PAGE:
Brian-Jukes-e1422470087340

BUDGET 2016 – Brian Jukes’ review – all you need to know!

Goodness me – that was some performance!  With economic gloom threatening on the horizon and UK growth rates being downgraded, the Chancellor managed to pull every positive out of the hat that he possibly could.  And that performance was mirrored in the depth of content from a tax point of view and some genuinely unexpected measures.

Don’t get me wrong – I am not knocking the Chancellor’s performance because I am always a firm advocate of positivity breeding positivity, but I suspect the huge raft of tax changes is designed to take everyone’s attention away from the bad news on budget deficit.

Of course, it’s always nice to have good news and I don’t see how the reduction in capital gains tax rates (from 28% to 20% and from 18% to 10%) can be seen as anything other than good news.  You may disagree if you own a second home or buy to let residential property, but the owners of all other capital assets can benefit from a more generous tax regime.

The capital gains tax changes were, in my opinion, the Chancellor’s most significant rabbit plucked from the red box, but the press will be having a field day with the sugar levy.

Some medical professionals had been pushing for this in recent times, but I don’t think anyone expected the Chancellor to take action.  As a parent (responsible one of course!), I applaud this and I hope it sends shock waves throughout the food and drinks industry.

Back to the budget deficit, we are still struggling to balance the books and the downgrade in growth expectations does us no favours in that respect.

In my opinion, we must continue down the path of getting to a position where the government spends no more than it receives.

The national debt is at virtually unmanageable levels, so much so that the interest cost of servicing that debt is expected to be £39bn in 2016/17.  If the financial markets became spooked by our ability to continue servicing that debt then the interest rate would suddenly be hiked and that £39bn could very quickly turn into £78bn or even more.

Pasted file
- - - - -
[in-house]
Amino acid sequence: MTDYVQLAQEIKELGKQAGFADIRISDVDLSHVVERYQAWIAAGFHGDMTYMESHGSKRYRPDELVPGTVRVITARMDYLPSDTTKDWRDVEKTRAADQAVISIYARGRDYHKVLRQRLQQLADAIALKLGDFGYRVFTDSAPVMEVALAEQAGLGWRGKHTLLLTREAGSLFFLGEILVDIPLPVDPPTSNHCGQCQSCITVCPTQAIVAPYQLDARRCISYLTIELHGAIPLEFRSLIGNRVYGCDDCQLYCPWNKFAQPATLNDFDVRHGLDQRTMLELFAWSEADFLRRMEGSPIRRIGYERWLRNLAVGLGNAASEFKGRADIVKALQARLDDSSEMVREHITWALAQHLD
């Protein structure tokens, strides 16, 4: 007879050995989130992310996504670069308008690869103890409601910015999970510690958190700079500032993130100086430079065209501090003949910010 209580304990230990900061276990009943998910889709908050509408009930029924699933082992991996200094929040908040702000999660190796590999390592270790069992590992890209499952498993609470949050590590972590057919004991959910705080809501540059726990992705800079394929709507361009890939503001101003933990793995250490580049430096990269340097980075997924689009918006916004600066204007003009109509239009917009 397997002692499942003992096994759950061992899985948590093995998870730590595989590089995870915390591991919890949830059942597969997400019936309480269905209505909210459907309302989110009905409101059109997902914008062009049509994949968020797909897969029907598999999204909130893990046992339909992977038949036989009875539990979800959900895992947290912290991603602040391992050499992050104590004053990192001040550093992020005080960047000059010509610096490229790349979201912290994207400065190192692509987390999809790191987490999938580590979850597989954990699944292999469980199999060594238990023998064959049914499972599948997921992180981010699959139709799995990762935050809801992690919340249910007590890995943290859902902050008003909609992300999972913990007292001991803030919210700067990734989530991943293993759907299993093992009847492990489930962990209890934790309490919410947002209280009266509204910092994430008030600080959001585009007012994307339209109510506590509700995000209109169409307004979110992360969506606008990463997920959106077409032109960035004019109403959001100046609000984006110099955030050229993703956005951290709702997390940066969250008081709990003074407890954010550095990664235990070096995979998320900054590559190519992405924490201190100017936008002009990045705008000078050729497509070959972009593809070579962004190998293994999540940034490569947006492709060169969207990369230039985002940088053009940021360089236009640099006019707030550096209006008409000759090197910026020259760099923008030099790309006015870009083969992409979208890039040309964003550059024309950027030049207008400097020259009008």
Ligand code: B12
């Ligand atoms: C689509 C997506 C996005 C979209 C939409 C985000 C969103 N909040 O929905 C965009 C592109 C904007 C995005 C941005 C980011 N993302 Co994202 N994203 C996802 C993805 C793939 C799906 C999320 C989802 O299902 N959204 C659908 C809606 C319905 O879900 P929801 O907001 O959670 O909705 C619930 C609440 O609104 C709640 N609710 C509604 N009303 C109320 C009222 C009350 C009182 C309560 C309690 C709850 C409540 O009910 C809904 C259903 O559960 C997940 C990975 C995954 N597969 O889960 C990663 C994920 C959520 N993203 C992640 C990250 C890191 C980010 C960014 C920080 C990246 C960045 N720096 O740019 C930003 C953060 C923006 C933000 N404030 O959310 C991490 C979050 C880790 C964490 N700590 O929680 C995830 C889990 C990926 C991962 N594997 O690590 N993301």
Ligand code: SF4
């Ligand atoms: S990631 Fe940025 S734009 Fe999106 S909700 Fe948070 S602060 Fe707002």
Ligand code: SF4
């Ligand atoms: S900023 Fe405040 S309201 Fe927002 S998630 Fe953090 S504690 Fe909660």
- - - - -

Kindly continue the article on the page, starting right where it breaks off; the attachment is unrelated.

How would we pay for that I wonder? Increase taxes? Sure, but that decreases consumption and we meet ourselves coming back. Ok, so we decrease spending on health, education or defence or perhaps further cuts in the welfare budget. I don’t think any of those are going to be too popular.

So how is the budget deficit going to be closed? Well, you’re going to like this, not a lot, but it seems that the spotlight is very much on multi-national companies, making sure they pay their fair share of tax in the UK. There was a raft of changes announced that will raise tax revenues from large companies and many will be pleased with that I’m sure, particularly following the Google, Starbucks, Amazon press coverage of recent times.

We just have to be careful that we don’t make ourselves an unattractive country from an inward investment point of view and there was a clear nod to that in the announcement of a reduction of the headline rate of corporation tax to 17% from April 2020.

As many commentators are saying, there isn’t much wriggle room left, but the Chancellor seems to be steering the country across a tightrope as well as he can at the moment.  Let’s hope we don’t have a collective wobble!

1 Response

  1. Sandra

    Thanks for the rundown of the budget update Brian!

    I wonder if the current BREXIT situation will effect this:

    “the spotlight is very much on multi-national companies, making sure they pay their fair share of tax in the UK.”